NEW YORK (CBSNewYork/AP) — During a year-end news conference, President Barack Obama said he thinks Sony Pictures Entertainment made a mistake by canceling the release of “The Interview.”
Obama said we can’t have a society in which “some dictator some place can start imposing censorship in the United States.”READ MORE: Gov. Cuomo Says He Will Not Resign Amid Sexual Harassment Allegations: 'I Never Touched Anyone Inappropriately'
“Sony is a corporation. It suffered significant damage. There were threats against its employees. I am sympathetic to the concerns that they faced,” he said. “Having said all that, yes, I think they made a mistake.”
The president spoke a few hours after the FBI formally accused North Korea of being responsible for the devastating hacking attack against Sony, providing the most detailed accounting to date of the hugely expensive break-in.
“We can confirm that North Korea engaged in this attack,” Obama said. “I think it says something interesting about North Korea that they decided to have the state mount an all-out assault on a movie studio because of a satirical movie starring Seth Rogen and James Franco.”
Obama vowed that the U.S. will respond to North Korea “in a place and manner and time that we choose.”
Sony Pictures CEO Michael Lynton said company officials did everything they could to continue with plans to release the film on Christmas day.
“We have not caved. We have not given in. We have preserved. And we have not Backed down. We have, we have always had every desire to have the American public see this movie,” Lynton said.
The FBI’s statement cited, among other factors, technical similarities between the Sony break-in and past “malicious cyber activity” linked directly to North Korea, including a prior cyber attack against South Korean banks and media.
“Though the FBI has seen a wide variety and increasing number of cyber intrusions, the destructive nature of this attack, coupled with its coercive nature, sets it apart,” the statement said. “North Korea’s actions were intended to inflict significant harm on a U.S. business and suppress the right of American citizens to express themselves.”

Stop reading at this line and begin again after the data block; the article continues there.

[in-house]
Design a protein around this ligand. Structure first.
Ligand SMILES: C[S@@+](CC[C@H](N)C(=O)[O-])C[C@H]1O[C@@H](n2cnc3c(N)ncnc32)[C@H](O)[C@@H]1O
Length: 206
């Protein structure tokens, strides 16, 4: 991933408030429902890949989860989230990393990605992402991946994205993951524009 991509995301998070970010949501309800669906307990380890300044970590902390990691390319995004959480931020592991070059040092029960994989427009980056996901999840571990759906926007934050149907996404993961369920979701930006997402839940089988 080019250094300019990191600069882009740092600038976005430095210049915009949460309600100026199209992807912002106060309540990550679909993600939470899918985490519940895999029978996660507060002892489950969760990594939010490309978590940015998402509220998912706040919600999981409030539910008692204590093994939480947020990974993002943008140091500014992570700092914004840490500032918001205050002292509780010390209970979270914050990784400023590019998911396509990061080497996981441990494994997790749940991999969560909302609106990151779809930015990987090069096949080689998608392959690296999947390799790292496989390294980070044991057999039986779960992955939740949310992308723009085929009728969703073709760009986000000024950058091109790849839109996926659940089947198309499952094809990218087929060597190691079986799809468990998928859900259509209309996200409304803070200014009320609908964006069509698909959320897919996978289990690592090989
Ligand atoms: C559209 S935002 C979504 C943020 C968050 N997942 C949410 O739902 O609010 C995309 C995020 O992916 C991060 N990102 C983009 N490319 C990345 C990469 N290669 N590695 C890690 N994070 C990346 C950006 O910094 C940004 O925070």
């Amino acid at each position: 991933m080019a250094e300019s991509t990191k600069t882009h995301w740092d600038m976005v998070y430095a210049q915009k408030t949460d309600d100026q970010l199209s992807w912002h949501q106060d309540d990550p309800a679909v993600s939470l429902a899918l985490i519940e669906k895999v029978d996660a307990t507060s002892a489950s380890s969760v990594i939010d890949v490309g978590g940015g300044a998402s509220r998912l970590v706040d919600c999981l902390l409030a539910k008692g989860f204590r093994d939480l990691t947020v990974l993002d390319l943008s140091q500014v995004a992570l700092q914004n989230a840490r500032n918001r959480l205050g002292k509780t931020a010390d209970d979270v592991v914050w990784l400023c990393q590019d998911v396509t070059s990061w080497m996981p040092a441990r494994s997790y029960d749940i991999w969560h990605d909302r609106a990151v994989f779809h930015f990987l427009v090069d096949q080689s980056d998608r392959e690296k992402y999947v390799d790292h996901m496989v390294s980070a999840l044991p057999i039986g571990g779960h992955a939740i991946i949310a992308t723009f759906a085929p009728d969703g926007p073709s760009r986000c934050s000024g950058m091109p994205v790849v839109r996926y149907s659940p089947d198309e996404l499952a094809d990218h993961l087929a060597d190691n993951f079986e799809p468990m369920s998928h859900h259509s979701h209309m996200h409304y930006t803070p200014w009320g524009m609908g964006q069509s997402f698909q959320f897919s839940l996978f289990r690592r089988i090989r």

Administration officials had previously declined to openly blame North Korea but said they were weighing various options for a response.
The break-in resulted in the disclosure of tens of thousands of leaked emails and other materials.READ MORE: Road To Reopening: New York City Arts And Entertainment Venues Allowed To Reopen At 33% Capacity Beginning April 2
It also prompted Sony to cancel the release of “The Interview” after the hacker group calling itself Guardians of Peace threatened moviegoers with violence reminiscent of the 9/11 terrorist attacks.
The New York premiere of the film was set to take place Thursday night at the Landmark Sunshine Cinema on East Houston Street.
The Seth Rogen and James Franco comedy is about a plot to assassinate North Korean leader Kim Jong Un.
After Sony canceled the film’s release, hackers sent a new email praising the studio’s decision as “very wise” and saying its data would be safe “as long as you make no more trouble.”
The message warned the studio to “never” release the film “in any form,” including on DVD. The email was confirmed Friday by a person close to the studio who wasn’t authorized to speak publicly about the matter and requested anonymity. An FBI spokesman said authorities are aware of the email and are investigating.
As CBS2’s Jessica Schneider reported, Lynton said that an on-demand release of the film is still possible, but Sony needs a willing distributor to step forward first.
“We would still like the public to see this movie. Absolutely,” he said.
North Korea has denied being responsible but earlier this month referred to the cyberattack as a “righteous deed.” A North Korean diplomat to the United Nations, Kim Un Chol, declined to comment Friday about the FBI’s accusations.
The statement Friday did not reveal what options were being considered but did say the government would “impose costs and consequences.”
It’s not immediately clear what action, if any, the government will take. Bringing the shadowy hackers to justice appears a distant prospect. A U.S. cyberretaliation against North Korea would risk a dangerous escalation and North Korea is already targeted by a raft of sanctions over its nuclear weapons program.
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